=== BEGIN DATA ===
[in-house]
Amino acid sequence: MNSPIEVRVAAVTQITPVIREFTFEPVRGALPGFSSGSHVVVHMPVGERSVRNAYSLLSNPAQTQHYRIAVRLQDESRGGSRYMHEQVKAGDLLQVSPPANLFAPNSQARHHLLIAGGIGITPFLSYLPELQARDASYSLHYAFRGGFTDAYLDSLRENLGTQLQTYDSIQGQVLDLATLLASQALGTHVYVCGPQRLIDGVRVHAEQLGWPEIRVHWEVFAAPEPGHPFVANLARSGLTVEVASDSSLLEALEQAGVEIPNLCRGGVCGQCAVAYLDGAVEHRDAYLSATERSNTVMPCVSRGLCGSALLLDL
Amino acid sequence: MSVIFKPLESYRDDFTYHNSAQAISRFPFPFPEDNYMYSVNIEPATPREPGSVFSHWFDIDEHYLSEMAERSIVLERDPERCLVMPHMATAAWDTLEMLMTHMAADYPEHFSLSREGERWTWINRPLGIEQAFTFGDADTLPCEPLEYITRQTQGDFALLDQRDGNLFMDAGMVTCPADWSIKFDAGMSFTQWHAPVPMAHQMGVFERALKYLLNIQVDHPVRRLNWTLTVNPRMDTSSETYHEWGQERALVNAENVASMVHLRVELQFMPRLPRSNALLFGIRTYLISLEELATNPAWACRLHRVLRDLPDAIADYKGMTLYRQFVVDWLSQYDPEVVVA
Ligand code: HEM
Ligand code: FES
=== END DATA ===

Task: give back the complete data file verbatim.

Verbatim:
[in-house]
Amino acid sequence: MNSPIEVRVAAVTQITPVIREFTFEPVRGALPGFSSGSHVVVHMPVGERSVRNAYSLLSNPAQTQHYRIAVRLQDESRGGSRYMHEQVKAGDLLQVSPPANLFAPNSQARHHLLIAGGIGITPFLSYLPELQARDASYSLHYAFRGGFTDAYLDSLRENLGTQLQTYDSIQGQVLDLATLLASQALGTHVYVCGPQRLIDGVRVHAEQLGWPEIRVHWEVFAAPEPGHPFVANLARSGLTVEVASDSSLLEALEQAGVEIPNLCRGGVCGQCAVAYLDGAVEHRDAYLSATERSNTVMPCVSRGLCGSALLLDL
Amino acid sequence: MSVIFKPLESYRDDFTYHNSAQAISRFPFPFPEDNYMYSVNIEPATPREPGSVFSHWFDIDEHYLSEMAERSIVLERDPERCLVMPHMATAAWDTLEMLMTHMAADYPEHFSLSREGERWTWINRPLGIEQAFTFGDADTLPCEPLEYITRQTQGDFALLDQRDGNLFMDAGMVTCPADWSIKFDAGMSFTQWHAPVPMAHQMGVFERALKYLLNIQVDHPVRRLNWTLTVNPRMDTSSETYHEWGQERALVNAENVASMVHLRVELQFMPRLPRSNALLFGIRTYLISLEELATNPAWACRLHRVLRDLPDAIADYKGMTLYRQFVVDWLSQYDPEVVVA
Ligand code: HEM
Ligand code: FES